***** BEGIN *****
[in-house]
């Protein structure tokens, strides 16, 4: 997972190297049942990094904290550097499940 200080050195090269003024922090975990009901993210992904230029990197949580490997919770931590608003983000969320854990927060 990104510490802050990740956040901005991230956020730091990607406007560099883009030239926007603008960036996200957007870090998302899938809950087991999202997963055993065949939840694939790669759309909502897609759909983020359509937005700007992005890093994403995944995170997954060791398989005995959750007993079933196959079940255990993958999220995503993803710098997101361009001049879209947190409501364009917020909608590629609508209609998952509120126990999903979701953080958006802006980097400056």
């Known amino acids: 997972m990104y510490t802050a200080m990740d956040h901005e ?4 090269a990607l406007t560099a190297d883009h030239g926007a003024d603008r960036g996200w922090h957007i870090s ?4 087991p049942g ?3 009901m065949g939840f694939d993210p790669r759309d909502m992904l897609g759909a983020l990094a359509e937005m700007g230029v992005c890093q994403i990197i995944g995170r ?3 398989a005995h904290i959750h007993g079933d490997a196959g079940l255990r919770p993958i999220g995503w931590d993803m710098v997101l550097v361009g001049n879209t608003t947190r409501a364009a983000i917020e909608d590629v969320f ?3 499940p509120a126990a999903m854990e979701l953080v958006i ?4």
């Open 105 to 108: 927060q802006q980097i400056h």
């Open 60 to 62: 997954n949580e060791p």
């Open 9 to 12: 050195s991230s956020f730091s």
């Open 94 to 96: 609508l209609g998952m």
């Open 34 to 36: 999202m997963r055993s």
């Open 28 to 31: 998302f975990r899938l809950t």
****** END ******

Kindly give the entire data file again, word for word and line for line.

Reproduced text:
[in-house]
């Protein structure tokens, strides 16, 4: 997972190297049942990094904290550097499940 200080050195090269003024922090975990009901993210992904230029990197949580490997919770931590608003983000969320854990927060 990104510490802050990740956040901005991230956020730091990607406007560099883009030239926007603008960036996200957007870090998302899938809950087991999202997963055993065949939840694939790669759309909502897609759909983020359509937005700007992005890093994403995944995170997954060791398989005995959750007993079933196959079940255990993958999220995503993803710098997101361009001049879209947190409501364009917020909608590629609508209609998952509120126990999903979701953080958006802006980097400056």
């Known amino acids: 997972m990104y510490t802050a200080m990740d956040h901005e ?4 090269a990607l406007t560099a190297d883009h030239g926007a003024d603008r960036g996200w922090h957007i870090s ?4 087991p049942g ?3 009901m065949g939840f694939d993210p790669r759309d909502m992904l897609g759909a983020l990094a359509e937005m700007g230029v992005c890093q994403i990197i995944g995170r ?3 398989a005995h904290i959750h007993g079933d490997a196959g079940l255990r919770p993958i999220g995503w931590d993803m710098v997101l550097v361009g001049n879209t608003t947190r409501a364009a983000i917020e909608d590629v969320f ?3 499940p509120a126990a999903m854990e979701l953080v958006i ?4």
């Open 105 to 108: 927060q802006q980097i400056h």
């Open 60 to 62: 997954n949580e060791p």
């Open 9 to 12: 050195s991230s956020f730091s």
């Open 94 to 96: 609508l209609g998952m």
């Open 34 to 36: 999202m997963r055993s």
């Open 28 to 31: 998302f975990r899938l809950t």